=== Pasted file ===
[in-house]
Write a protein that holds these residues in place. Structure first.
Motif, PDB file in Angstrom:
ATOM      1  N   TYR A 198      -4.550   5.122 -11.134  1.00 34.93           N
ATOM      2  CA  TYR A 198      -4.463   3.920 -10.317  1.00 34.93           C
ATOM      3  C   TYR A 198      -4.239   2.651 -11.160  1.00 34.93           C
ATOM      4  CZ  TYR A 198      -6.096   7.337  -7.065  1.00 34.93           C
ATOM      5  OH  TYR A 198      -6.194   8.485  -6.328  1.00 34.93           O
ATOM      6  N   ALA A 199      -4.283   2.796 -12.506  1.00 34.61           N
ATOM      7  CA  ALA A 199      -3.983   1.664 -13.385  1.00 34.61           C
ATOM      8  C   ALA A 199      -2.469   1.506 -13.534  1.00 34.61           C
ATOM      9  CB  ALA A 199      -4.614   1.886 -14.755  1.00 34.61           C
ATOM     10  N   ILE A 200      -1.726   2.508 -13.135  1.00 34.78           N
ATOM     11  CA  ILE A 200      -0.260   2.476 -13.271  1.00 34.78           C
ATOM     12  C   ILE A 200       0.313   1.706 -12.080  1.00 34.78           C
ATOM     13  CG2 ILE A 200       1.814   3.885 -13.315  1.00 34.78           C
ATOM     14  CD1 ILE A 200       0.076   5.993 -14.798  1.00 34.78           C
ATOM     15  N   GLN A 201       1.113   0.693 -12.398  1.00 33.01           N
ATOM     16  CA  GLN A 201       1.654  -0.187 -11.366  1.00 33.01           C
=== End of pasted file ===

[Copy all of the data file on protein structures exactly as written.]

[in-house]
Write a protein that holds these residues in place. Structure first.
Motif, PDB file in Angstrom:
ATOM      1  N   TYR A 198      -4.550   5.122 -11.134  1.00 34.93           N
ATOM      2  CA  TYR A 198      -4.463   3.920 -10.317  1.00 34.93           C
ATOM      3  C   TYR A 198      -4.239   2.651 -11.160  1.00 34.93           C
ATOM      4  CZ  TYR A 198      -6.096   7.337  -7.065  1.00 34.93           C
ATOM      5  OH  TYR A 198      -6.194   8.485  -6.328  1.00 34.93           O
ATOM      6  N   ALA A 199      -4.283   2.796 -12.506  1.00 34.61           N
ATOM      7  CA  ALA A 199      -3.983   1.664 -13.385  1.00 34.61           C
ATOM      8  C   ALA A 199      -2.469   1.506 -13.534  1.00 34.61           C
ATOM      9  CB  ALA A 199      -4.614   1.886 -14.755  1.00 34.61           C
ATOM     10  N   ILE A 200      -1.726   2.508 -13.135  1.00 34.78           N
ATOM     11  CA  ILE A 200      -0.260   2.476 -13.271  1.00 34.78           C
ATOM     12  C   ILE A 200       0.313   1.706 -12.080  1.00 34.78           C
ATOM     13  CG2 ILE A 200       1.814   3.885 -13.315  1.00 34.78           C
ATOM     14  CD1 ILE A 200       0.076   5.993 -14.798  1.00 34.78           C
ATOM     15  N   GLN A 201       1.113   0.693 -12.398  1.00 33.01           N
ATOM     16  CA  GLN A 201       1.654  -0.187 -11.366  1.00 33.01           C